Tuesday, February 22, 2011

Some Achy-Breaky Accountability

Billy Ray Cyrus told GQ Magazine recently that Hannah Montana is to blame for his family’s troubles.

Really, Mr. Cyrus?

Who allowed his young daughter into the spotlight at such a young age? Who insured that he’d get a co-starring role in her show once his own fame had dwindled? Who seemed ok with a questionable photo shoot a couple of years ago?

You did, Mr. Cyrus.

Accountability is defined as taking responsibility for one’s actions, and there’s precious little of it, these days.

It’s quite easy to point the finger and blame others for our woes, but when the rubber hits the road – as it certainly will, we are ultimately responsible for what happens to us. Now, with that being said, Miley Cyrus, at 18, is plenty old enough to take responsibility for her actions. Teens do stupid things, yet most don’t have the opportunity – or misfortune - to do it in front of a camera. I find it quite distressing that Miss Cyrus was, evidently, never taught that with fame comes responsibility…little girls everywhere once looked up to her, and those little girls may have grown into young women who still look to her for their cues.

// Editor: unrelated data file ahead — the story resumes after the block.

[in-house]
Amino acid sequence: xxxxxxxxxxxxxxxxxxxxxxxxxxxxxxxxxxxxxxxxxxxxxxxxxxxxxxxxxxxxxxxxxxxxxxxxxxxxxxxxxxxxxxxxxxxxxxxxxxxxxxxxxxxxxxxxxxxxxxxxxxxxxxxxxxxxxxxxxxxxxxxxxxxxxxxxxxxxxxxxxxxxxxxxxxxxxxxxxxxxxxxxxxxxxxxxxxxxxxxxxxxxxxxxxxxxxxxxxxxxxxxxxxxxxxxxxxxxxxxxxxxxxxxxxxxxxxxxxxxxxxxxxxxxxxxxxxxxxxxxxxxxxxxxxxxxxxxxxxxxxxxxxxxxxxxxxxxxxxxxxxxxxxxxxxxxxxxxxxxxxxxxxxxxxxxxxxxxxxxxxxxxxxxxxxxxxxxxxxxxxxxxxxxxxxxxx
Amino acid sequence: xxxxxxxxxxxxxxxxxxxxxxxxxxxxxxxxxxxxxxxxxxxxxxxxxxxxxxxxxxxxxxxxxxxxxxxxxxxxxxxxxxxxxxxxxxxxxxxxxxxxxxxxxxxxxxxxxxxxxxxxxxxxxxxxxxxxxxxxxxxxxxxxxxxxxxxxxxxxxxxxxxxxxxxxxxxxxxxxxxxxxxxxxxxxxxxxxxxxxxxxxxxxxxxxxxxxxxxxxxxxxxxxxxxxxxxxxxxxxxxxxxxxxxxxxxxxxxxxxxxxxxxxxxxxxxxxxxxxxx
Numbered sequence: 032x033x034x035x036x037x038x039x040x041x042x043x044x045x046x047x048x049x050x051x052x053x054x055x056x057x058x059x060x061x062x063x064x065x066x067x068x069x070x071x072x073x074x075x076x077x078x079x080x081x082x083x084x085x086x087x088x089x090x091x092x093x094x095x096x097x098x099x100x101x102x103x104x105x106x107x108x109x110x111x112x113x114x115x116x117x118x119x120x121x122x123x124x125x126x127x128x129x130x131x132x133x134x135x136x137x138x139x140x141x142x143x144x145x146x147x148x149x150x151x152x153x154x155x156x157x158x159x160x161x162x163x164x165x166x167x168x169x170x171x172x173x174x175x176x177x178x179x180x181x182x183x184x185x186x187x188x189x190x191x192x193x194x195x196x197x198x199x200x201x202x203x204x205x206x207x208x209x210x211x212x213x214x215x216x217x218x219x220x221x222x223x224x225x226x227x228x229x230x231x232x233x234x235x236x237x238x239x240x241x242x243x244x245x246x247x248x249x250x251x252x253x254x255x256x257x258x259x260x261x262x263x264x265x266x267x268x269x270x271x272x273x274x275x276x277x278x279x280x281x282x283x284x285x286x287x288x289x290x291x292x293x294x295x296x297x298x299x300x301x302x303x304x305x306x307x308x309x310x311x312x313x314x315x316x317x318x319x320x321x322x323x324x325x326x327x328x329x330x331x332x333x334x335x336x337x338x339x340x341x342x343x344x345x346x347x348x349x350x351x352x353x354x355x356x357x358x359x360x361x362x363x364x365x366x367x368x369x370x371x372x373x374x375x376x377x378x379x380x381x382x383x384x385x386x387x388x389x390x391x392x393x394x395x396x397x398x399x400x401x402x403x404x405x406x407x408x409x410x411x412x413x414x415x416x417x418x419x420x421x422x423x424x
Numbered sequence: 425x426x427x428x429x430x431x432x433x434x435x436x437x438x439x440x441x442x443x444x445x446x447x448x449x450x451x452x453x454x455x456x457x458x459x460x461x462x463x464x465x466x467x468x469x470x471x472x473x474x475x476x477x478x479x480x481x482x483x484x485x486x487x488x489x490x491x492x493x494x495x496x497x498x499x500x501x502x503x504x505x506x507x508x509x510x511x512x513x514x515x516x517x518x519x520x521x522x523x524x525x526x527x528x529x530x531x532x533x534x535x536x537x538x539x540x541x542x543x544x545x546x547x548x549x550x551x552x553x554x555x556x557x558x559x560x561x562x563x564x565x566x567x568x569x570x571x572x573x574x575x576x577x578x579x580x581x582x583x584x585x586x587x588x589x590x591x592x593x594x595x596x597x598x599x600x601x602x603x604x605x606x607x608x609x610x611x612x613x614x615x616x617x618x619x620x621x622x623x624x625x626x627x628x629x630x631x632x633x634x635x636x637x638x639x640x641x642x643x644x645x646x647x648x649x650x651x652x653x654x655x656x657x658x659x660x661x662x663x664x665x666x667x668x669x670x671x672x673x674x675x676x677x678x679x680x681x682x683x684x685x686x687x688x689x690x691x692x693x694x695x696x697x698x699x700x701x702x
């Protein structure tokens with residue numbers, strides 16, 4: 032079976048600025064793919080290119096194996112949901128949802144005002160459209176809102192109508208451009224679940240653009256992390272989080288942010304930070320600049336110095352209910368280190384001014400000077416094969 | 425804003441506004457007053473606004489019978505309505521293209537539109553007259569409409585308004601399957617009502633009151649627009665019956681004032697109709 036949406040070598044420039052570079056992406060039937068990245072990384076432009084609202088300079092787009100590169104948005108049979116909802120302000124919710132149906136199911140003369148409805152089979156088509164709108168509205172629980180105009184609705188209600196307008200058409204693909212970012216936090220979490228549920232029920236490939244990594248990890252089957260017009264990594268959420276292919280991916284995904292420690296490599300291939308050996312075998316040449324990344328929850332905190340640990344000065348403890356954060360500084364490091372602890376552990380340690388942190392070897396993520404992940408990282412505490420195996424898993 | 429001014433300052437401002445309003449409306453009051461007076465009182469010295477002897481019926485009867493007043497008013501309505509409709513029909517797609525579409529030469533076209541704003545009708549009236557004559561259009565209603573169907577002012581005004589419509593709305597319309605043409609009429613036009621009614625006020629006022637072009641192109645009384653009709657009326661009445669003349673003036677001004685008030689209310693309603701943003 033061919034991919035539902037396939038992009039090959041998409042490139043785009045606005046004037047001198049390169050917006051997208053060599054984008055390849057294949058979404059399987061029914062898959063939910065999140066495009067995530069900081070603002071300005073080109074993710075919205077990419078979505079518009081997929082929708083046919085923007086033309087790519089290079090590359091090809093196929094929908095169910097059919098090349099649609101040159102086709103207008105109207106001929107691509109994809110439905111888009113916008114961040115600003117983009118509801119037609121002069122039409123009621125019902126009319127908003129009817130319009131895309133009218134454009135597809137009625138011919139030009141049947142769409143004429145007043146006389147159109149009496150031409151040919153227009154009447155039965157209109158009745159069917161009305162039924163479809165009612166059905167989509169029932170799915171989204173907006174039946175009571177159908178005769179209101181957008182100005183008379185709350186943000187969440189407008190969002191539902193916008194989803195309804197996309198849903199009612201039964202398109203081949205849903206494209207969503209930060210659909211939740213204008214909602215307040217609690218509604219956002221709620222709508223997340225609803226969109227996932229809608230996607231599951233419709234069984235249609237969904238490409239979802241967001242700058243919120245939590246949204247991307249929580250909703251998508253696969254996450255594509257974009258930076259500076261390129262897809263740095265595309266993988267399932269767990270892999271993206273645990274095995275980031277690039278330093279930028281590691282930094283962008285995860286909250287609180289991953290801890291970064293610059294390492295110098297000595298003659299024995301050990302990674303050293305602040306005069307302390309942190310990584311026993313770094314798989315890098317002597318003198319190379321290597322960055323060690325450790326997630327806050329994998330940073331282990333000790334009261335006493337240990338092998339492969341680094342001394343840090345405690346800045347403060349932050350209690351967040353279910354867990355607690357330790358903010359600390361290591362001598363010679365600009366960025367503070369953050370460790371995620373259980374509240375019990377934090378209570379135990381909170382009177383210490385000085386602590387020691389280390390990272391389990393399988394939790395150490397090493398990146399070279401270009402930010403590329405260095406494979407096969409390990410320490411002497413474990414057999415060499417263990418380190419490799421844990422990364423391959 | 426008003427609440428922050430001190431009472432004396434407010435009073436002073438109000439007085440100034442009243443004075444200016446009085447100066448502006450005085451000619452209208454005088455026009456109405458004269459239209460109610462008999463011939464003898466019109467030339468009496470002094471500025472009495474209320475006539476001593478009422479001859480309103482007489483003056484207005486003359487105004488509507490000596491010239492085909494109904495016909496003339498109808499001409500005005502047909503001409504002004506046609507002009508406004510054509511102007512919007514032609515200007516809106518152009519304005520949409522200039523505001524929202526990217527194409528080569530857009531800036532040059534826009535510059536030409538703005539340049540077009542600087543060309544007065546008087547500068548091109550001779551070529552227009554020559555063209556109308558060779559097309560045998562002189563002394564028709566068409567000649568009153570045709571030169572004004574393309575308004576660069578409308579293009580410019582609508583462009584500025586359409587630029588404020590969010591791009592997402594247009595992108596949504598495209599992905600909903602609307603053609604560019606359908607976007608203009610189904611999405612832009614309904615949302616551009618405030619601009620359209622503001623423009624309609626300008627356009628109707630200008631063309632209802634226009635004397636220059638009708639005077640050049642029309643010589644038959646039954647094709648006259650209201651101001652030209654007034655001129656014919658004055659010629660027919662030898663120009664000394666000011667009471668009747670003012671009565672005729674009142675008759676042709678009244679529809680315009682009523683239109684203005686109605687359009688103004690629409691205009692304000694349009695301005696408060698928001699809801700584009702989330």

And please don’t give me that garbage that bad behavior comes with being a child star. For every Miley Cyrus, Lindsey Lohan, and even Danny Bonaduce, I offer you a Ron Howard, Jodie Foster, and Kurt Russell. I’ll see your cast of Eight is Enough and raise you The Cosby Kids (with the exception, perhaps, of Lisa Bonet). Kirk Cameron from Growing Pains sponsors his own ministry these days, and the only faux pas committed by The Facts of Life girls came from Mindy Cohn, when her poor fashion choices landed her on What Not to Wear.

(Side Note: I watched too much TV as a kid, and have definitely aged myself in that last paragraph)

As adults, we are accountable for our successes and failures. We are responsible for encouraging and inspiring our children to grow into good, decent adults. We must stop playing the blame game and take ownership of our lives. We must fess up to our mistakes and get on with things. And you can put that in your achy-breaky pipe and smoke it, darling.

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